The book starts with the early indications of the existence of dark matter, including the strange cohesion of galaxy clusters, before moving on to modern observations like cosmic background radiation. Along the way, you will learn about the direct and indirect methods being used by researchers to track down dark matter and whatever is behind this strange phenomenon.

The Mystery of Dark Matter will appeal to general readers who wish to understand what scientists actually know about dark matter, along with the methods they use to help crack the mystery.

Dark Matter of the Mind: The Culturally Articulated Unconscious by Daniel L. Everett

Is it in our nature to be altruistic, or evil, to make art, use tools, or create language? Is it in our nature to think in any particular way? For Daniel L. Everett, the answer is a resounding no: it isn’t in our nature to do any of these things because human nature does not exist—at least not as we usually think of it. Flying in the face of major trends in Evolutionary Psychology and related fields, he offers a provocative and compelling argument in this book that the only thing humans are hardwired for is freedom: freedom from evolutionary instinct and freedom to adapt to a variety of environmental and cultural contexts.

Dark Matter, Dark Energy, Dark Gravity: Enabling a Universe that Supports Intelligent Life by Dr. Stephen C. Perrenod

Dark Matter, Dark Energy and Dark Gravity make life possible! This book for the lay reader provides a summary of the latest astrophysical observational results and theoretical insights into what we know and what we hope to learn about dark matter, dark energy, and dark gravity. How did the profound beauty of our Earth, our Solar System, our Milky Way galaxy and indeed our universe unfold? Dark matter, dark energy, and dark gravity have made all the difference in how the universe has developed, and have been key to creating the overall environment that makes life possible. We have only recently developed the ability to begin unlocking their secrets, thus providing a deeper insight into how a universe of our type is possible. It seems that because of dark matter, dark energy and dark (weak) gravity, our universe has the right attributes for the development of complex structure and the evolution of intelligent life that can engage in the quest to understand our world. These “dark” or more hidden attributes of the cosmos have very good outcomes. 

Dark Matter, Missing Planets and New Comets: Paradoxes Resolved, Origins Illuminated by Tom Van Flandern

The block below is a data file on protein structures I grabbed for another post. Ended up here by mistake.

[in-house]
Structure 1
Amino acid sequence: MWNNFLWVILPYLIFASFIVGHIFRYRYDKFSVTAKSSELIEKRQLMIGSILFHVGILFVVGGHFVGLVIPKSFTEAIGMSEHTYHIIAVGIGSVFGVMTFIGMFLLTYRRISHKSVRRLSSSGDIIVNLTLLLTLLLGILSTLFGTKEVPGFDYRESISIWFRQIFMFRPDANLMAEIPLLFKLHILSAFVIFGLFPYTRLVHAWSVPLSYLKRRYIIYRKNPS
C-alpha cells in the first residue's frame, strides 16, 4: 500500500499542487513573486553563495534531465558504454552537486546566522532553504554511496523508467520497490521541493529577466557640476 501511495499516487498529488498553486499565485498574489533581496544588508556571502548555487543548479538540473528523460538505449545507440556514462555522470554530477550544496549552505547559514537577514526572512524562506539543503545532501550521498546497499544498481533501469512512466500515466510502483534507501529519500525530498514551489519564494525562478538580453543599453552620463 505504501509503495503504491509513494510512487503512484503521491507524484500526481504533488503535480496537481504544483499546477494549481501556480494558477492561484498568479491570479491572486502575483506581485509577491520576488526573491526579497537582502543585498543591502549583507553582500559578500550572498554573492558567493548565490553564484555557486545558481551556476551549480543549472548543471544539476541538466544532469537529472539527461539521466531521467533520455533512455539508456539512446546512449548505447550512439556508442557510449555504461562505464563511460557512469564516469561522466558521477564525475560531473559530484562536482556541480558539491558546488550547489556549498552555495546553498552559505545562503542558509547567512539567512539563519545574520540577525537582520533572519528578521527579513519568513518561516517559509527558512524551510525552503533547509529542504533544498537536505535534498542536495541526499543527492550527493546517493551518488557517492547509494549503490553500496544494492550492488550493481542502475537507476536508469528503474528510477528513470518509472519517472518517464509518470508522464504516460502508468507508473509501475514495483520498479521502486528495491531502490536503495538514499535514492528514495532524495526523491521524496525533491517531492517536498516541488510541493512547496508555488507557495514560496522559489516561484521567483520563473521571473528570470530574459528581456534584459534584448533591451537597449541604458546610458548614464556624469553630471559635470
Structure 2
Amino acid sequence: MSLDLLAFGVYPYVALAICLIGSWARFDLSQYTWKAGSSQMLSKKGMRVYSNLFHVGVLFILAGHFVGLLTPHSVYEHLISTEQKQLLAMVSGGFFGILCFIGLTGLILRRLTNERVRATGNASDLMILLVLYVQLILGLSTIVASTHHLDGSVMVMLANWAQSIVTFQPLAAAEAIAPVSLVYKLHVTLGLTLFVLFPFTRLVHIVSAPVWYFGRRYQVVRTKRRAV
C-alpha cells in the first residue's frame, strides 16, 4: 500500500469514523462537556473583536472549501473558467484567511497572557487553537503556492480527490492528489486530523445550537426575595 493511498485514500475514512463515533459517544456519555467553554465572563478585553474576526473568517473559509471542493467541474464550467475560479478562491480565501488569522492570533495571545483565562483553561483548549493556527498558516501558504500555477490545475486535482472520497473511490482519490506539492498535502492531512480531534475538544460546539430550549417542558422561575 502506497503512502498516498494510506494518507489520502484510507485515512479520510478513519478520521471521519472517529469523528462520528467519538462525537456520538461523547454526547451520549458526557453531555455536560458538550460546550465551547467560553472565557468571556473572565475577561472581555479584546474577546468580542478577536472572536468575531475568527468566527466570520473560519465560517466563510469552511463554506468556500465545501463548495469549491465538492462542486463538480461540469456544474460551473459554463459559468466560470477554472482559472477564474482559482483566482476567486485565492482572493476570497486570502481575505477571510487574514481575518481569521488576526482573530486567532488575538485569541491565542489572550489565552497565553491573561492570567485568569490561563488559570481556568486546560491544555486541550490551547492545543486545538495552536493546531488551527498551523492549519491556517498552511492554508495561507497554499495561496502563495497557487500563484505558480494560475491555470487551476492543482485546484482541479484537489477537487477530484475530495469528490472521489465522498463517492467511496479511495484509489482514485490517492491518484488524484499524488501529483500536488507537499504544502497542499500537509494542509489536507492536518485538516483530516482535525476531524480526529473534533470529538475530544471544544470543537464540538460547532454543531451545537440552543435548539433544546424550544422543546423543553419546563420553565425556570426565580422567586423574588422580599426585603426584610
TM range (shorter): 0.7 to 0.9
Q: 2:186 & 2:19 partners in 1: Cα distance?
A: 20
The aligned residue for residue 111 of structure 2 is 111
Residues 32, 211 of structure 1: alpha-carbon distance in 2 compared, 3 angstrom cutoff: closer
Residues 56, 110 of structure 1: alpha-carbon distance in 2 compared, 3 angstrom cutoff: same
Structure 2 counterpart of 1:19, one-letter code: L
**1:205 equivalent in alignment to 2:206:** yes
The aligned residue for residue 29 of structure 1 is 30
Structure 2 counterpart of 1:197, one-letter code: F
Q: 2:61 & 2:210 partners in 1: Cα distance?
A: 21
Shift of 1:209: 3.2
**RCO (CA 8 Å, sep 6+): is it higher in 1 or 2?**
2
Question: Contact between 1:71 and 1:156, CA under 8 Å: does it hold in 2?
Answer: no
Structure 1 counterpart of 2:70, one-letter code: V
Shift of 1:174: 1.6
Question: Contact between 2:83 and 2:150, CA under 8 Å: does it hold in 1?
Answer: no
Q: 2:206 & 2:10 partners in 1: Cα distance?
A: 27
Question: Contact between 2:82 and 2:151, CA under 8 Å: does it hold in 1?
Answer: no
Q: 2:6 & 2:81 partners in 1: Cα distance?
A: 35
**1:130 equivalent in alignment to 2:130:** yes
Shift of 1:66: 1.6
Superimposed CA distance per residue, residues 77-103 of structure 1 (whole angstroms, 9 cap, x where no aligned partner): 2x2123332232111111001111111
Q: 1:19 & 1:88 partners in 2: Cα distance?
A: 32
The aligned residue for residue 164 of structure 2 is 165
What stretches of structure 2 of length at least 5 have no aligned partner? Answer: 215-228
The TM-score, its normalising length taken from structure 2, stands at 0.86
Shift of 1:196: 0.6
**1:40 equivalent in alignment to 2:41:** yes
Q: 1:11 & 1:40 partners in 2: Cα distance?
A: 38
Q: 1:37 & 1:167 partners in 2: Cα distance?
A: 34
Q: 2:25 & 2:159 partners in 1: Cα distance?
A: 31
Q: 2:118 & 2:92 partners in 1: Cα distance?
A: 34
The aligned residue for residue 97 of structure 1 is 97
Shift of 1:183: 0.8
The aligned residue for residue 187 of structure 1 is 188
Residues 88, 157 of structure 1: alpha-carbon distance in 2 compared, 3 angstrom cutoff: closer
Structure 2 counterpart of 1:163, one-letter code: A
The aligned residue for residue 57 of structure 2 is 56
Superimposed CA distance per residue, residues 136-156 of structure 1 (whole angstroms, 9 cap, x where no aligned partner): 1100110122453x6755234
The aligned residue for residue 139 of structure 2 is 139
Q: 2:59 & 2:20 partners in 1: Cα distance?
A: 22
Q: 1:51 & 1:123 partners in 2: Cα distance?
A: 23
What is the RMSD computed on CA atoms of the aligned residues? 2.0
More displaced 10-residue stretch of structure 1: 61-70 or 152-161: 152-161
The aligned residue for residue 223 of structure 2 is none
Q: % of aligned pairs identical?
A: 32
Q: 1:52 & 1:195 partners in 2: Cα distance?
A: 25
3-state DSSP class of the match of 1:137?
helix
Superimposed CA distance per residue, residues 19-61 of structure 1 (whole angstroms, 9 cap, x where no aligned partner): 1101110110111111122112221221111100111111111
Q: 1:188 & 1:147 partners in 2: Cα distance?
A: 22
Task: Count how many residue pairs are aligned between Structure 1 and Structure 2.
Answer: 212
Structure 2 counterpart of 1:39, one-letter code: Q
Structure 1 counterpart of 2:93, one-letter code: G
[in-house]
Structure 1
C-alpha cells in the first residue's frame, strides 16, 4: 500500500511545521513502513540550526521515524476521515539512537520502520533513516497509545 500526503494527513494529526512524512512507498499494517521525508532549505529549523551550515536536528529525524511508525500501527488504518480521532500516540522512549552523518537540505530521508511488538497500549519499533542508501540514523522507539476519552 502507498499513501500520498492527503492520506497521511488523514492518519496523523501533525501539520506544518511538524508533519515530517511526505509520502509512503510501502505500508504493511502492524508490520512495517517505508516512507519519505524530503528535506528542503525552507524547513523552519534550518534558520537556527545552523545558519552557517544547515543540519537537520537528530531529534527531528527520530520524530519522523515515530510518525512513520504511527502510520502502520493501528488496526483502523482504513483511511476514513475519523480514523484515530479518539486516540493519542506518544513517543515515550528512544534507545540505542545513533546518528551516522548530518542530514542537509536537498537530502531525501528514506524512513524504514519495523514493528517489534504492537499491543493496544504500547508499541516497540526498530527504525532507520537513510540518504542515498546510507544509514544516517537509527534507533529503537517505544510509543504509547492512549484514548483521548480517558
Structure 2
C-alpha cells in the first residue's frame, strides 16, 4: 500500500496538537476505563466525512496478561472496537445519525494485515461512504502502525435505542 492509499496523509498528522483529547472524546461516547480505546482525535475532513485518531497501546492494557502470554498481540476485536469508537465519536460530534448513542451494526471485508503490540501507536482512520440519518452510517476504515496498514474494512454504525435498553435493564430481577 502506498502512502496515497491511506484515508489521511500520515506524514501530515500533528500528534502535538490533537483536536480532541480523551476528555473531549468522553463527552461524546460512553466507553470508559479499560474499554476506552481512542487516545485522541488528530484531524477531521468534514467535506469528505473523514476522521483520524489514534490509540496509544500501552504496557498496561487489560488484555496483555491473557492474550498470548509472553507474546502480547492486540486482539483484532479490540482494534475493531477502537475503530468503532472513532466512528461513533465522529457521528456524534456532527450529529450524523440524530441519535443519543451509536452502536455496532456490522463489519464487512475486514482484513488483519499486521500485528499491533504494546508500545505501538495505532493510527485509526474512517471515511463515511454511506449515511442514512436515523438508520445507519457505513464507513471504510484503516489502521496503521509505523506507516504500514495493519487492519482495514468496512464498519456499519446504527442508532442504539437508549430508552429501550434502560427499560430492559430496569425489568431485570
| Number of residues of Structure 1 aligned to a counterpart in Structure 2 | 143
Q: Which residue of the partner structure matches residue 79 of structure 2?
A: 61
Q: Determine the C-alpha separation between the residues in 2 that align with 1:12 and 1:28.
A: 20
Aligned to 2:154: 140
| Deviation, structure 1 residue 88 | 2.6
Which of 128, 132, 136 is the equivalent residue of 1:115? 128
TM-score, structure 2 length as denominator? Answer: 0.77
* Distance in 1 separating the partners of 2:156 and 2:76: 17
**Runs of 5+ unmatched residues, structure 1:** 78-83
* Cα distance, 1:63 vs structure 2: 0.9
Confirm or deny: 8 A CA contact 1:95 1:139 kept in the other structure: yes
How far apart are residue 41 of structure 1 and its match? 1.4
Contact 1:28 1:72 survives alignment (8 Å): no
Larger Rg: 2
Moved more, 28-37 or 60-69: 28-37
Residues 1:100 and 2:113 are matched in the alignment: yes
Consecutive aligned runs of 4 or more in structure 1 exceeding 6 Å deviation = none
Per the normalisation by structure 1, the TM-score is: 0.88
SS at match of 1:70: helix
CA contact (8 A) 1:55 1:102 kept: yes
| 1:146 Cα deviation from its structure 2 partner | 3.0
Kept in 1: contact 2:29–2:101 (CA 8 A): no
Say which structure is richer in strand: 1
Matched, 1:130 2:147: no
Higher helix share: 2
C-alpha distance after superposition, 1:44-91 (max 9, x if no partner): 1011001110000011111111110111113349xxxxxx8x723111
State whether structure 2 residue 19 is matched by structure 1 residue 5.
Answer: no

Tom Van Flandern’s book adds a new dimension to cosmology–not only does it present a novel approach to timeless issues, it stands up to the closest scientific scrutiny. Even the most respected scientists today will readily admit that the Big Bang Theory is full of holes. But it takes a new look, like Dark Matter, Missing Planets, and New Comets, to explain not only why the theory is wrong but what to substitute in its place. If you are curious about such things as the nature of matter and the origin of the solar system, but feel inadequately equipped to grasp what modern science has to say about such things, read this book. You will not get the all too common condescending attempt to water down the `mysteries’ of modern science into a form intelligible to little non scientist you, but rather a straightforward new theory, logically derived in front of your eyes, which challenges the roots of many of today’s complex accepted paradigms, yet whose essence is simple enough to be thoroughly communicated to the intelligent layman without “losing it in the translation.”

Dark Matter: In Defiance of Catastrophic Modernity: A Fieldguide to Alexander Kluge and Oskar Negt by Richard Langston

Collaborators for more than four decades, lawyer, author, filmmaker, and multimedia artist Alexander Kluge and social philosopher Oskar Negt are an exceptional duo in the history of Critical Theory precisely because their respective disciplines think so differently. Dark Matter argues that what makes their contributions to the Frankfurt School so remarkable is how they think together in spite of these differences. Kluge and Negt’s “gravitational thinking” balances not only the abstractions of theory with the concreteness of the aesthetic, but also their allegiances to Frankfurt School mentors with their fascination for other German, French, and Anglo-American thinkers distinctly outside the Frankfurt tradition.